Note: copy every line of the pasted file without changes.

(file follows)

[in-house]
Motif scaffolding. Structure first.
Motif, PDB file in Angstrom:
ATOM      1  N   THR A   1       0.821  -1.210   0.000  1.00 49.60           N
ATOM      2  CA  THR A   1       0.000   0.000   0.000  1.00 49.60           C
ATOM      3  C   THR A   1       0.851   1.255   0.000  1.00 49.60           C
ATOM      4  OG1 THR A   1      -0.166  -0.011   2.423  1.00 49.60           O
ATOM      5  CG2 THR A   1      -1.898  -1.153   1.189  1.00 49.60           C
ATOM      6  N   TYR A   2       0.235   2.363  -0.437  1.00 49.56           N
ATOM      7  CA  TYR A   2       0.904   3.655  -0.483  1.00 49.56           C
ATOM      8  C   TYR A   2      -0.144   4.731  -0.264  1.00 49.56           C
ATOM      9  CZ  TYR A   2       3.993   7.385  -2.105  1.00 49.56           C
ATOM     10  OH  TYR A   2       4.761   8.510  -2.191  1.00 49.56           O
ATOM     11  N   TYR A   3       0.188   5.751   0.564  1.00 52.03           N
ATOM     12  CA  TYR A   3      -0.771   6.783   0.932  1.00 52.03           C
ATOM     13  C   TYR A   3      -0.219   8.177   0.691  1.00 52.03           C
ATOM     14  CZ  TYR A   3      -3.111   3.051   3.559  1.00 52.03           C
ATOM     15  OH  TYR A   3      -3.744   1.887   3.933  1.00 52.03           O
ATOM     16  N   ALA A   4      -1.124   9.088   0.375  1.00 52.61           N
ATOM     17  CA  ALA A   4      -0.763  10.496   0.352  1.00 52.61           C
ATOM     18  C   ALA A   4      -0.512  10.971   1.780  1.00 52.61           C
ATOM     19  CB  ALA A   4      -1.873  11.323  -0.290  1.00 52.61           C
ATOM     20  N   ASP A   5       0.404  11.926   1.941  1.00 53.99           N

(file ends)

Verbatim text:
[in-house]
Motif scaffolding. Structure first.
Motif, PDB file in Angstrom:
ATOM      1  N   THR A   1       0.821  -1.210   0.000  1.00 49.60           N
ATOM      2  CA  THR A   1       0.000   0.000   0.000  1.00 49.60           C
ATOM      3  C   THR A   1       0.851   1.255   0.000  1.00 49.60           C
ATOM      4  OG1 THR A   1      -0.166  -0.011   2.423  1.00 49.60           O
ATOM      5  CG2 THR A   1      -1.898  -1.153   1.189  1.00 49.60           C
ATOM      6  N   TYR A   2       0.235   2.363  -0.437  1.00 49.56           N
ATOM      7  CA  TYR A   2       0.904   3.655  -0.483  1.00 49.56           C
ATOM      8  C   TYR A   2      -0.144   4.731  -0.264  1.00 49.56           C
ATOM      9  CZ  TYR A   2       3.993   7.385  -2.105  1.00 49.56           C
ATOM     10  OH  TYR A   2       4.761   8.510  -2.191  1.00 49.56           O
ATOM     11  N   TYR A   3       0.188   5.751   0.564  1.00 52.03           N
ATOM     12  CA  TYR A   3      -0.771   6.783   0.932  1.00 52.03           C
ATOM     13  C   TYR A   3      -0.219   8.177   0.691  1.00 52.03           C
ATOM     14  CZ  TYR A   3      -3.111   3.051   3.559  1.00 52.03           C
ATOM     15  OH  TYR A   3      -3.744   1.887   3.933  1.00 52.03           O
ATOM     16  N   ALA A   4      -1.124   9.088   0.375  1.00 52.61           N
ATOM     17  CA  ALA A   4      -0.763  10.496   0.352  1.00 52.61           C
ATOM     18  C   ALA A   4      -0.512  10.971   1.780  1.00 52.61           C
ATOM     19  CB  ALA A   4      -1.873  11.323  -0.290  1.00 52.61           C
ATOM     20  N   ASP A   5       0.404  11.926   1.941  1.00 53.99           N